madison, alabama, summer. >> we love sitting on the grass. letting the kids play. they can catch a ball possibly. >> reporter: the trash pandas should have been a 2020 sensation, but then the pandemic happened. what does losing your inaugural season cost a franchise? >> millions of dollars. probably close to $15 million, $17 million. >> reporter: the 2020 season was cancelled weeks before the first pitch. this season saw the first 20 games axed, leaving the trash pandas trying to save the club from the financial dumpster before ever taking the field. >> it was either shut the doors and close down and lay people off, or come up with other creative ways to bring people here to the ballpark, use the facility, and do non-baseball events and really push our merchandise. >> reporter: they sold $2.5 million worth of gear and hosted events like outdoor summer camp, socially distanced movie nights, and drive-through christmas lights. it was enough on this keep their 30-person staff employed and the lights on. -- chattanooga, they
didn't have that possibility. they went more than 600 days without fans in the stands. one of the oldest teams in the minor leagues, they've weathered the spanish flu, the great depression, and two world wars. but the 2020 season was nearly the lookouts' last. are you still in survival mode? >> in a lot of ways, yes. we dug a huge hole in 2020. with '21, i'd like to think that we were going to fill it back in, but the truth is even this year we're still digging just a little bit slower. >> reporter: when play finally resumed, many teams started the shortened season with capacity limits. 2020 season tickets and advertising sales were rolled over to this year, but by then teams had used that money to stay afloat. as a result, 2021 revenue is expected to be down 65% from 2019. >> they are on the brink of financial catastrophe. >> reporter: help for the nation's pastime could be coming from an unlikely team. political polar opposites. democratic senator richard
blumenthal and republican marcia blackburn. how often do you two find yourself on the same side of an issue? >> i would say we vote together probably -- rarely. >> reporter: but on baseball, they agree. the two are co-sponsoring legislation to use $550 million in unspent covid relief funds to help eligible minor league teams that were shut out of earlier grants for live event venues. >> these are days they don't get back. they are drivers for jobs, for tourism. this is very much a part of your local economic system in these communities. >> reporter: the 120 minor league teams pay about $50 million in local taxes annually and raise another $50 million for local charities. prior to the pandemic, they employed nearly 35,000 full and part-time employees. even as fans filled in to superhero night at at&t field, the chattanooga --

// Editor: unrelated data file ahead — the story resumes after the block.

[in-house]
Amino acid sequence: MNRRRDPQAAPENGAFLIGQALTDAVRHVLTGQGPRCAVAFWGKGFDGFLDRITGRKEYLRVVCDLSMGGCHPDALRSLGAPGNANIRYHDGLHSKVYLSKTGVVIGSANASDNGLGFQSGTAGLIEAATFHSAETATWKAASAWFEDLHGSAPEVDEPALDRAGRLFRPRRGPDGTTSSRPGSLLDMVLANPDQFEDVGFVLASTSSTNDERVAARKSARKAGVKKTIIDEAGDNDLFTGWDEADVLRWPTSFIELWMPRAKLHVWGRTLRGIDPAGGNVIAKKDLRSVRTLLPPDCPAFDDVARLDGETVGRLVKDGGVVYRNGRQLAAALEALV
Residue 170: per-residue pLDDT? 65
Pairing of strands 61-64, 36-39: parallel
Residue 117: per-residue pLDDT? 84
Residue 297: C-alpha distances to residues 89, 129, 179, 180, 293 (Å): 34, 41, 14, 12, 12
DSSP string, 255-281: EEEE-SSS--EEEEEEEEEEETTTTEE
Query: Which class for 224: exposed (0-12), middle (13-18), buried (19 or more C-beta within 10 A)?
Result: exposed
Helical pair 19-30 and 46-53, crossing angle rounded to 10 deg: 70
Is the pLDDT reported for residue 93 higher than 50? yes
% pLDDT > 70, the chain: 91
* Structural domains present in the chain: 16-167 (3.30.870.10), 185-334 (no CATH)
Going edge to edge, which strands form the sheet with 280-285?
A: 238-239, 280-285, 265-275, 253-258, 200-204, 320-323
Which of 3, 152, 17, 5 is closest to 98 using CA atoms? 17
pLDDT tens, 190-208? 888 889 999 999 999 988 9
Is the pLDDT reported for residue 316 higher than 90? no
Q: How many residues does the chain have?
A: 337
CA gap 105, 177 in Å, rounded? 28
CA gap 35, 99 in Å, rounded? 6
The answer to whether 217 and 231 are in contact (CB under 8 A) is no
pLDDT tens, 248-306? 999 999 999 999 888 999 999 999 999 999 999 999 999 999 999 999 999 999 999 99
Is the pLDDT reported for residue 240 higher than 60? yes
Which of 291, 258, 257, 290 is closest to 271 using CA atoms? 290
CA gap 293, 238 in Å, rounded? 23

>> i think that's importance in this community is to employ people of the community. that's what the lookouts do. >> reporter: what if the lookouts don't survive? >> it's unthinkable frankly. >> reporter: tim kelly is chattanooga's newly elected mayor. >> when most people think of sports, they're thinking of major league teams owned by billionaires. this is not that. it's critically important that towns like ours that minor league sports survive and thrive. >> reporter: now without help, the lookouts' owner told us assuming nothing else goes wrong, the delta variant doesn't become more of an issue, it will take his team up to a decade to recover from the financial losses. and i want to leave you with this -- on average, a family of four can go to a minor league baseball game, tickets and a meal for under $70. tickets here start at $8 which may leave you enough money to get a hat for you and your favorite anchor team. >> that's great. >> we've got our hats. mine are the trash pandas. >> thanks for looking out. we've got our hats.
>> i was going to say the exact same thing. thank you. aside from the economics, chris, it shows what it does -- sports and music always very, very healing for people. they can social distance, it's outside. and you don't think about minor league baseball the way that you just showed it. it makes a lot of sense. >> a lot of these communities, it's a flagship. a point of pride. >> and $70, that's cheaper than a movie. >> you can't get a mets ticket for $70 i don't think. >> thank you again. we appreciate it. up next, vlad duthiers has the stories you'll be talking about